SATURDAY, APRIL 25, 1914. Topical Tattle. There were meetings galore last week end and on Friday night no less than four im- portant gatherings had to be covered. Un- doubtedly the most important from the Led- bunun's point of view was the annual meet- ing uf the Ledbury Urban District Council, when the amateur Mayor for the year, if you will pardon a little levity, was elected. Candidly I was rather thinking that probably the new Chairman of the Council would be Mr C H Bastow, who has been a member of the Council for 15 years, has been Chairman of the Streets and Sanitary Committees, and yet has never been Chairman of the Council. By length of service and ability the position was undoubtedly his. But things did not work out as I expected, and I must confess I was honestly surprised when I heard that Mr H Thacker had been elected. Of course, the Council have an informal meeting before the representatives of the fourth estate are admitted, when the Councillors settle the question among them- selves, and one of my colleagues informs me that one or two of the Councillors by their countenances when the press were admitted showed that all had not been smooth and easy. In the end we had an absolutely political division, though for my part I pay little political significance to the matter, and put it down to more a question of J personality. Anyway the Liberals and anti-Hopkinsites triumphed over the Union- ists and pro-Hopkinsites. For that is really how matters stand at the present time. It is a significant fact that last year the chair was Mr Bastow's for the acceptance, but, following a deep bereavement, he did not see his way clear to accept it. At that time there would have been no necessity for an informal meeting, and I have been wondering what particular offence Mr Bastow has committed that he should not be deemed worthy of the honour this time. Again the question of personality comes in, and that is the only reason I can find. Mr Tinker, the new Chairman of the Council, is entering on his sixth year of office as a Councillor, and is a regular and diligent member. Candidly, I do not envy him his post just at the present time, if the turbulent spirits of the Council are not curbed, though after all, I expect the Coun- cillors will, as they have ever done, be loyal to their new Chairman. In the retiring Chairman the Council have undoubtedly had the best occupant of the chair the Council possess, and his ability in this direction can not be gainsaid. Mr Tbacker is undoubtedly at a disadvantage: in following a Councillor so versed in the rules and usages of public debate as Mr Hopkins is, but it is, of course, essentially necessary that the honour should go round, in order that each Councillor may have an opportunity of becoming versed in the duties pertaining to the office of Chairman. I sin- cerely trust that the clouds which would appear to have gathered on the Council horiaon will be dispersed, that Mr Thacker's term of office will prove to be pleasant, smooth and successful both to himself and his fellow members, and that at the close of the year there will be no vain regrets. Mr W S Lane has had a lengthly occu- pancy of the chair of the Ledbury Rural Parish Council, having been, I believe, chair- man since the Council was formed. Mr Lane has had a wide experience of service on public bodies, as he has been a member of the County Council, a member of the Ledbury Urban Council, and is at present a co-opted member of the Ledbury Board of Guardians, on all of which bodies he has rendered excellent service, and in regard to the Guardians is doing so to-day. In all his public work Mr Lane has brought not only wide experience, but that inflection of humour which so effectually brightens up serious matters. He has undoubtedly ren- dered valuable service to the ratepayers during the last 25 years. The churchpeople of Ledbury are indeed fortunate in being able to retain the services of their senior churchwarden, Mr C H Bastow, who performs the duties in such a manner as to avoid ruffling anyone's feelings, and their junior churchwarden, Mr W P Barry, w ho is so diligent and anxious to have arrangements properly made and carried out. The finances of the church appear to be in a healthy state, thanks largely to the generous response to Mr Bastow's appeal for church expenses, but it is not a good sign that the average offertories are dwindling. Churcbpeople must remember that the expense of a church such as Ledbury is no small matter, and the average offertories should be kept up to about X5 10s to meet the demands. Here is a story of two Gamblers who went to the Hunt steeplechases on Wednesday In one race there were only two runners, and my two friends were determined to back the winner. One of the horses was 3 to 1 on and the other 2 to 1 against. One of the Gamblers laid the 3 to 1 on and the other took the odds of 2 to 1 against. They al- most came to blows in reckoning up how they stood at the end of the race, as they bad agreed to halve the proceeds. When they found that they had backed the winner and yet had lost 6d each, after a frantic 10 minutes calculation, they were ready to kick themselves. ♦ This may seem a wildly impossible story even in the annals of the Royal and ancient game but golfers will be golfers, you know. He said he drove hard and so high that a lady eagle who was winging her way over the course received a little white ball smack on the side of her head. The ball dropped about 17 inches from the hole the golfer was playing for. Meanwhile, the eagle paused in her flight, and, after circling round a few times in a considering mood, swooped down and deposited an egg between the hole, and the golf ball. In revenge she had laid the golfer a stymie. • Fancy golfing in a ruffled shirt says the Globe." We are ruffled enough already as we golf. # » The way they have in the Army is a very curious way sometimes. Recently a cart drawn by two horses and containing one driver, one non-commissioned officer, and four men rumbled down to Woolwich Arsenal from Wellington Barracks, with an order for l stores. When the order was opened it was found to represent four gross of pins On the other hand, the authorities at St John's Wood Barracks believe in light transport. A man was sent down to the Arsenal on a bicycle. His order was for a gun wheel! Can any conclusion be drawn from the character of the present month as to the quality of those that will follow ? The answer must be No," says the Daily Telegraph." May knows; but she won't tell. 4c It appears that every such ball. passes through some 15 different departments of skilled workmen," is an Evening Standard" reference to cricket balls. But think of the number of unskilled butter- fingers it passes through afterwards. "Cheese and Freedom" is a heading in the Daily Mail." Should cheeses be chained up ? TATTLER. I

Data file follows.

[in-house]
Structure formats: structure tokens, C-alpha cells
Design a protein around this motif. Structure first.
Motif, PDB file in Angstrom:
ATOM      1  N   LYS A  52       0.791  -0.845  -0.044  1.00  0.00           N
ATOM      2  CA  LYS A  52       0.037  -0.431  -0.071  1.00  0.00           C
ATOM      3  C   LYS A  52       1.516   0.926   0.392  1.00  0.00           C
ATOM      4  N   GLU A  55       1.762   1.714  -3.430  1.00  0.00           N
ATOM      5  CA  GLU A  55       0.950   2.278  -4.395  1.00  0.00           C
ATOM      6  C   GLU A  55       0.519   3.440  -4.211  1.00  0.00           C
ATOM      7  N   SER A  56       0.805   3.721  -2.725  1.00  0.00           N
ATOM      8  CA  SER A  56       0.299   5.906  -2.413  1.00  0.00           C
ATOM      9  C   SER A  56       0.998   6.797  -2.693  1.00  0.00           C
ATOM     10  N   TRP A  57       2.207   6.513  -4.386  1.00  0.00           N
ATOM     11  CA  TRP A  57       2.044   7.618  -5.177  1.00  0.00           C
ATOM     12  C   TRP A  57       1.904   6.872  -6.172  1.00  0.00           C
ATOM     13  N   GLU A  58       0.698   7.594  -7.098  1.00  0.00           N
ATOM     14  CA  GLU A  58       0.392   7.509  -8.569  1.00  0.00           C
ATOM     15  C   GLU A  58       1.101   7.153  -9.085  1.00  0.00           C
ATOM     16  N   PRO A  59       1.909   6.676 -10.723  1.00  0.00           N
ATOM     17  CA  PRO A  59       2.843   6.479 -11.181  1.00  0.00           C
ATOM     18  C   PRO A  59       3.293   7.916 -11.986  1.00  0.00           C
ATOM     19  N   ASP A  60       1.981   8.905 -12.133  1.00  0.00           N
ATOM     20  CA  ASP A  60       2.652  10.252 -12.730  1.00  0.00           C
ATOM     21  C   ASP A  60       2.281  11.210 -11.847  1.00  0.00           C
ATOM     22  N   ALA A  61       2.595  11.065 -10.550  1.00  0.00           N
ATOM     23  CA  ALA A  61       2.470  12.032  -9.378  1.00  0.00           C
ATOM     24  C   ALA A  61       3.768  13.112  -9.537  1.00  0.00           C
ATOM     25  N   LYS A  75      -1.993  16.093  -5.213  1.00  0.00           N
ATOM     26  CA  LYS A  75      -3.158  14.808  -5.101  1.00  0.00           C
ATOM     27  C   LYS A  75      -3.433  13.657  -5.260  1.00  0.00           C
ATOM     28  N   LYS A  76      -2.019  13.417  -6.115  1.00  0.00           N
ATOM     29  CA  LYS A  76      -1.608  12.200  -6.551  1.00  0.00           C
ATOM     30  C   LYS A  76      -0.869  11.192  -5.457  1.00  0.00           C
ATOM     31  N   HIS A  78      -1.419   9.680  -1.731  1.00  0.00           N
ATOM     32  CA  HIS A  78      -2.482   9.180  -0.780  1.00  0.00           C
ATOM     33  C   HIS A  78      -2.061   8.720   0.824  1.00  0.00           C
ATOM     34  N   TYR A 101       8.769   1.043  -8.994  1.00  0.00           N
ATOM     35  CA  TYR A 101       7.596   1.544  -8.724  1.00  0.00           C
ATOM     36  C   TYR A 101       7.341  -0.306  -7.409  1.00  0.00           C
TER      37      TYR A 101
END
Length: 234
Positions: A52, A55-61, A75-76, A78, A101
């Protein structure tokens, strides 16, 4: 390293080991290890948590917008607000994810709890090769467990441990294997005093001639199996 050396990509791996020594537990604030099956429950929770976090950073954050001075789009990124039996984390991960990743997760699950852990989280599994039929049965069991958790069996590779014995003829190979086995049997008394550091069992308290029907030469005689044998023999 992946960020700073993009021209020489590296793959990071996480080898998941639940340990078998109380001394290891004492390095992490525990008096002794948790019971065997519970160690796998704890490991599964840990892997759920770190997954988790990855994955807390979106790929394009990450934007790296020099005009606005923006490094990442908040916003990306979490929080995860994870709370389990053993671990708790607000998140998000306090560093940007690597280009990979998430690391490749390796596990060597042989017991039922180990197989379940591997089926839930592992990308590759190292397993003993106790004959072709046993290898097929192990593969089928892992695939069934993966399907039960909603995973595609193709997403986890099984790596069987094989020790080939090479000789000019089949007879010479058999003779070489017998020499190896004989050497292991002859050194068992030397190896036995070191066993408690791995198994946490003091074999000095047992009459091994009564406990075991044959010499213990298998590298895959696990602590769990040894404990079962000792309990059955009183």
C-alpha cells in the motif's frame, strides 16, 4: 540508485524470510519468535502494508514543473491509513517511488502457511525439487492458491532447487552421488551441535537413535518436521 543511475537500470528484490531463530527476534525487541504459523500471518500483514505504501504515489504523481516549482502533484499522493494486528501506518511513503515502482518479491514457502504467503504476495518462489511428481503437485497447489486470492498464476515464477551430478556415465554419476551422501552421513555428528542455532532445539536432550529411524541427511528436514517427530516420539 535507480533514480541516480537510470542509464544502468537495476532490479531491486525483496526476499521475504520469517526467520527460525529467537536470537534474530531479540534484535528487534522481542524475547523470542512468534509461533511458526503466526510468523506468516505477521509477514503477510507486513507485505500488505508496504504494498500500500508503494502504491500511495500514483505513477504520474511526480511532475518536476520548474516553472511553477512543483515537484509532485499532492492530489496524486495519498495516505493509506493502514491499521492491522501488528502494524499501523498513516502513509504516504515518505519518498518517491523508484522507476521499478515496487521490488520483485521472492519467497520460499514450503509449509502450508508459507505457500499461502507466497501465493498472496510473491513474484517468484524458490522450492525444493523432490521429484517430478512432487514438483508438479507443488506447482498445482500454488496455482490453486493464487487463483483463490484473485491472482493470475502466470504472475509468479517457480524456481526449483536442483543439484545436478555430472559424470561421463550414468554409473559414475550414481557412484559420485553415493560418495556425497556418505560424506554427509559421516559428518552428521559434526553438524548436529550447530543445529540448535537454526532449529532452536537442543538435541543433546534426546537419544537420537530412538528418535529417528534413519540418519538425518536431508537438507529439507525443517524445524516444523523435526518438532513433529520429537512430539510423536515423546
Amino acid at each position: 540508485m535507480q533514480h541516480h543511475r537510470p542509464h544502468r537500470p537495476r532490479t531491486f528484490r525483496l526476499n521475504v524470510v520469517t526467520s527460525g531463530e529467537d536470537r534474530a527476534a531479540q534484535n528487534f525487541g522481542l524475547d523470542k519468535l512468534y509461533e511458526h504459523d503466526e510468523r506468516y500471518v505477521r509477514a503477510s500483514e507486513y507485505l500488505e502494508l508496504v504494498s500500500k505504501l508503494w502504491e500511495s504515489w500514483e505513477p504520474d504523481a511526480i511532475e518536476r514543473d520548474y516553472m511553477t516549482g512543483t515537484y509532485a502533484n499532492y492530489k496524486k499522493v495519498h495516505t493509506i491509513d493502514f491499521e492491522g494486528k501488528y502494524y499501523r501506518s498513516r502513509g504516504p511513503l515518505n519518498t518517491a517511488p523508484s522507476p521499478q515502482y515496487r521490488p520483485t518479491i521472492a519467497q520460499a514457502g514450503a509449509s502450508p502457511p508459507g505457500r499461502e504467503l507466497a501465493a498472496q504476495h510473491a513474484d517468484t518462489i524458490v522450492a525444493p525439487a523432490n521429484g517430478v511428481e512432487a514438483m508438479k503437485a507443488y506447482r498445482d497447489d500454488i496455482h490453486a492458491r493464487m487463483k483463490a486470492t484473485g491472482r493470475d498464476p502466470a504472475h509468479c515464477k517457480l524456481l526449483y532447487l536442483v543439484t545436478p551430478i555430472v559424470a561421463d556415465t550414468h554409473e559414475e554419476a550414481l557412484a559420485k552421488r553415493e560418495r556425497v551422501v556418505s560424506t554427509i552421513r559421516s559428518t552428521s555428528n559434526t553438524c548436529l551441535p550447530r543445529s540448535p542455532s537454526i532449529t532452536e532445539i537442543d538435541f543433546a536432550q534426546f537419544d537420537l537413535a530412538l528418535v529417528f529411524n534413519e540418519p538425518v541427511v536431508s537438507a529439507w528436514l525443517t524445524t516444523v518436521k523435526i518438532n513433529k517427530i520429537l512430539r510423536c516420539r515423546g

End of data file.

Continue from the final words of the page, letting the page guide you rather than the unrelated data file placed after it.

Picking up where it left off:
DYMOCK. JUMBLE SALE.—A most successful jumble aale was held at Upham House, the residence of the Misses Niblett, on Monday last. The con- tributors to the sale were vety generous, and justly so, for the object of the sale, namely, to augment the Parish Nurse Fund, is a very well- deserving cause, and is one of the most useful in the parish. As the entrance was only a penny, a large number availed themselves of the beautiful day and visited the pleasant grounds. Tea was nicely provided at a very small cost, and so many purchasers were there that the nice little sum of nine pounds was realised. The Misses Niblett, who are secretaries of the Nurse Fund, must feel very gratified at the result, and great credit is due to them and their numerous helpers. In spite of the very fine weather,1 someone was anxious enough to borrow an umbrella from one of the stalls which they have not yet been good enough to return up to the present.